- UPS fired an employee for poor job performance, not because of her age and sex, the 5th U.S. Circuit Court of Appeals held (Wright v. UPS Inc. (Ohio), No. 20-30249 (5th Cir., Jan. 22, 2021)).
- The plaintiff worked as an unloader for about a month before she was fired. UPS said she was fired for failing to maintain "satisfactory flow rate," a measurement of the number of packages employees can handle. She sued, alleging that, among other things, her supervisor asked about her age and made discriminatory comments about her makeup.
- The district court granted UPS summary judgment, finding the former employee failed to support her bias claim and that UPS had offered a legitimate, non-discriminatory reason for letting her go. Noting that the workplace is not made legally hostile by the uttering of "boorish and offensive" comments, the court said the statements described were isolated and not "sufficiently severe" to prove her claims.
Employers can defend bias claims by showing a legitimate, non-discriminatory reason for an adverse employment action. The 5th U.S. Circuit, for example, previously ruled that a Mississippi deputy clerk was fired because of a budget shortfall, not bias. And the U.S. Forest Service prevailed against a similar claim because it showed that a worker's reassignment was the result of budget cuts, not gender and age bias.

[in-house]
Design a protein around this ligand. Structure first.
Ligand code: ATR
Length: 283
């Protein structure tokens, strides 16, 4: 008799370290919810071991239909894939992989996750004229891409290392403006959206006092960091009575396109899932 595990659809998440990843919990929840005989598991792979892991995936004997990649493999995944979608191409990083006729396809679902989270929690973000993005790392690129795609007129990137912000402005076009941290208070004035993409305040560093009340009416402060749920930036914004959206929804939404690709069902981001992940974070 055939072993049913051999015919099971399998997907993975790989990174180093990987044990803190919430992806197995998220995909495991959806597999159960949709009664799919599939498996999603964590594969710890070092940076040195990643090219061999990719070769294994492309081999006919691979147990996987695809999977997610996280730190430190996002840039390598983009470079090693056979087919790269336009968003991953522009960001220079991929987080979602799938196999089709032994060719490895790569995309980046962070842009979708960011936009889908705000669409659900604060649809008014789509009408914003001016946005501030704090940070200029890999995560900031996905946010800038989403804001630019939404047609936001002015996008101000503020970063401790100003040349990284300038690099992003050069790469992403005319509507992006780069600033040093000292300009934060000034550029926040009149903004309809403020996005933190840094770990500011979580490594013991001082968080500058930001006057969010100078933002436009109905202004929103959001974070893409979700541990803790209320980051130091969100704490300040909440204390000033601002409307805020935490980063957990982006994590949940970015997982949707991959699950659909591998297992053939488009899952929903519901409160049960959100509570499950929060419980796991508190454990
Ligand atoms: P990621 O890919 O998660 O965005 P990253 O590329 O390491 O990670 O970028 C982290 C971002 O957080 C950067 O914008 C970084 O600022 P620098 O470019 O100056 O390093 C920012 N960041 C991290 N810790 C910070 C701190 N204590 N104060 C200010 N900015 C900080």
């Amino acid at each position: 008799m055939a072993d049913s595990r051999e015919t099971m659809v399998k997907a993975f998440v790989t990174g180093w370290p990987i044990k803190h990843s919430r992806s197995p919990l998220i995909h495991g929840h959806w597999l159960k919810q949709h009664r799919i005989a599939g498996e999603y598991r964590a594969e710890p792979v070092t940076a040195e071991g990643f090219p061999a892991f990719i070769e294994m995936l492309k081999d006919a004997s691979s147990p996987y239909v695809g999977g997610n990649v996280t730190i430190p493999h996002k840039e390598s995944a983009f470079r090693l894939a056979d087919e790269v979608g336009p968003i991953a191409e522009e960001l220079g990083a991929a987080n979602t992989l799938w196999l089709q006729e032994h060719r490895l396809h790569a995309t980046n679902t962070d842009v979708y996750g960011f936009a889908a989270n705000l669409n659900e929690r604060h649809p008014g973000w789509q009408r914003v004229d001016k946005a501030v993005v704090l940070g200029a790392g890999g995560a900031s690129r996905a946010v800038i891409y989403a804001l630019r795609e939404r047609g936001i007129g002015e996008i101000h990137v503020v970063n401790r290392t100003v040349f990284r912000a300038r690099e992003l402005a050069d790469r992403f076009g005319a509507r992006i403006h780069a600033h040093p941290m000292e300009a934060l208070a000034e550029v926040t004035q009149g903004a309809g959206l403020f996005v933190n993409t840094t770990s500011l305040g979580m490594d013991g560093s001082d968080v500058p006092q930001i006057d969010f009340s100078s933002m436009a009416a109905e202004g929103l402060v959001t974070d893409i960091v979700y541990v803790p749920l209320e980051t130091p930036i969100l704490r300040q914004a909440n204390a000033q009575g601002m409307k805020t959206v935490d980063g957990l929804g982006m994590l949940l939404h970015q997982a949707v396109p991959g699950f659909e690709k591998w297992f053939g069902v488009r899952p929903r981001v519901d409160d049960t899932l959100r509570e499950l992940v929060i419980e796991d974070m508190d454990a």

The U.S. Equal Employment Opportunity Commission suggested in a guidance that thorough documentation is key to prevailing on discrimination claims. Experts have recommended that HR and managers be trained to document everything.
While the court in this instance noted that the allegedly ageist claims made by the woman’s supervisor were isolated instances and not severe enough to support a hostile work environment claim, statements made by managers and front-line supervisors are a leading cause of bias claims. A woman who was allegedly called a "little old lady" by her manager, along with multiple other offensive comments, was allowed to proceed with her lawsuit. And a 58-year-old employee whose 52-year-old supervisor allegedly made multiple negative comments about her age was also allowed to move forward with her age bias claim.
Experts recommend that supervisors and managers be provided with regular training on the relevant local, state and federal laws and on how to prevent harassment, discrimination and retaliation. HR also can help by developing and implementing policies that support inclusion.